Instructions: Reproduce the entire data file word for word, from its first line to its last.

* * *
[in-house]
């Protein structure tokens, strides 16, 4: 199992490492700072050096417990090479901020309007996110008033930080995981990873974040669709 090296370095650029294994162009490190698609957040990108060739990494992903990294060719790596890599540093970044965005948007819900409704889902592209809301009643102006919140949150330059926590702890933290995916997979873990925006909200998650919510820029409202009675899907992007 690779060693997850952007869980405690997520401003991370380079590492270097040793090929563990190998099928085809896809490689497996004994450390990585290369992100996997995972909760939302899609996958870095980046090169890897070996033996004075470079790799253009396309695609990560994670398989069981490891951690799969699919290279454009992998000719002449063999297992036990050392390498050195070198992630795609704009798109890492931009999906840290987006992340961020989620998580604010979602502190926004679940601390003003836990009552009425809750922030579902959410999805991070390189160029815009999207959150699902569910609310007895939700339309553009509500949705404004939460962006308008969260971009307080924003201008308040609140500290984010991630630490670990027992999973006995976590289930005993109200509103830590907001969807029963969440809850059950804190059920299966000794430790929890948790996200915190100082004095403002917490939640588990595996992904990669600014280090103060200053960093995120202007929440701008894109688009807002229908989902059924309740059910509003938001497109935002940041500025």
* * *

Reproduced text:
[in-house]
């Protein structure tokens, strides 16, 4: 199992490492700072050096417990090479901020309007996110008033930080995981990873974040669709 090296370095650029294994162009490190698609957040990108060739990494992903990294060719790596890599540093970044965005948007819900409704889902592209809301009643102006919140949150330059926590702890933290995916997979873990925006909200998650919510820029409202009675899907992007 690779060693997850952007869980405690997520401003991370380079590492270097040793090929563990190998099928085809896809490689497996004994450390990585290369992100996997995972909760939302899609996958870095980046090169890897070996033996004075470079790799253009396309695609990560994670398989069981490891951690799969699919290279454009992998000719002449063999297992036990050392390498050195070198992630795609704009798109890492931009999906840290987006992340961020989620998580604010979602502190926004679940601390003003836990009552009425809750922030579902959410999805991070390189160029815009999207959150699902569910609310007895939700339309553009509500949705404004939460962006308008969260971009307080924003201008308040609140500290984010991630630490670990027992999973006995976590289930005993109200509103830590907001969807029963969440809850059950804190059920299966000794430790929890948790996200915190100082004095403002917490939640588990595996992904990669600014280090103060200053960093995120202007929440701008894109688009807002229908989902059924309740059910509003938001497109935002940041500025």